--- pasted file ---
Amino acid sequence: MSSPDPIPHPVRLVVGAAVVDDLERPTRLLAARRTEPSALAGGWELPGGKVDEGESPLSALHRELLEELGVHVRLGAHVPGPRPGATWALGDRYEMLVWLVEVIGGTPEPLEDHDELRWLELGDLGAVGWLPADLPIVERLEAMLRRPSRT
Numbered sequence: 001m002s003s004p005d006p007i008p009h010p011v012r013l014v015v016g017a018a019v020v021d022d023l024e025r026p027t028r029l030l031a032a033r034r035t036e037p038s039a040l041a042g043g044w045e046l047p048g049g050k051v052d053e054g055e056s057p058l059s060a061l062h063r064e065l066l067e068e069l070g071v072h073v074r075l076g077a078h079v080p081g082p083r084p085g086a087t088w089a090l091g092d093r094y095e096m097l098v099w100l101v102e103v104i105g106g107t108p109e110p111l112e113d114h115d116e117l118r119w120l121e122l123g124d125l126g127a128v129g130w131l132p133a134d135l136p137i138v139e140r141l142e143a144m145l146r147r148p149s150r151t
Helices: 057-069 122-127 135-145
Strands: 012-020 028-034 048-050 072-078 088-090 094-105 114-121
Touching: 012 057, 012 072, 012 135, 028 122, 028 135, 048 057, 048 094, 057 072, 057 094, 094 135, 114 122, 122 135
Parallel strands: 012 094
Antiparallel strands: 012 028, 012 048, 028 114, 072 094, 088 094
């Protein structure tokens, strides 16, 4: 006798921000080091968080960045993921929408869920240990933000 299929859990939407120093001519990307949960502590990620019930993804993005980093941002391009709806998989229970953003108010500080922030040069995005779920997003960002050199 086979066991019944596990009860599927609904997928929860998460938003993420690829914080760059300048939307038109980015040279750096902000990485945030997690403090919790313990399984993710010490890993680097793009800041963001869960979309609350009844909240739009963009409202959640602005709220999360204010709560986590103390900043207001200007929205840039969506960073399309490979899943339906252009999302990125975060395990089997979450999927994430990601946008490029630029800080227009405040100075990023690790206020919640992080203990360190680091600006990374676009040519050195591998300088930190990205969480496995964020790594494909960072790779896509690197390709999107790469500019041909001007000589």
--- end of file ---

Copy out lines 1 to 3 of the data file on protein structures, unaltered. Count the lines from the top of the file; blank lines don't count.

Amino acid sequence: MSSPDPIPHPVRLVVGAAVVDDLERPTRLLAARRTEPSALAGGWELPGGKVDEGESPLSALHRELLEELGVHVRLGAHVPGPRPGATWALGDRYEMLVWLVEVIGGTPEPLEDHDELRWLELGDLGAVGWLPADLPIVERLEAMLRRPSRT
Numbered sequence: 001m002s003s004p005d006p007i008p009h010p011v012r013l014v015v016g017a018a019v020v021d022d023l024e025r026p027t028r029l030l031a032a033r034r035t036e037p038s039a040l041a042g043g044w045e046l047p048g049g050k051v052d053e054g055e056s057p058l059s060a061l062h063r064e065l066l067e068e069l070g071v072h073v074r075l076g077a078h079v080p081g082p083r084p085g086a087t088w089a090l091g092d093r094y095e096m097l098v099w100l101v102e103v104i105g106g107t108p109e110p111l112e113d114h115d116e117l118r119w120l121e122l123g124d125l126g127a128v129g130w131l132p133a134d135l136p137i138v139e140r141l142e143a144m145l146r147r148p149s150r151t
Helices: 057-069 122-127 135-145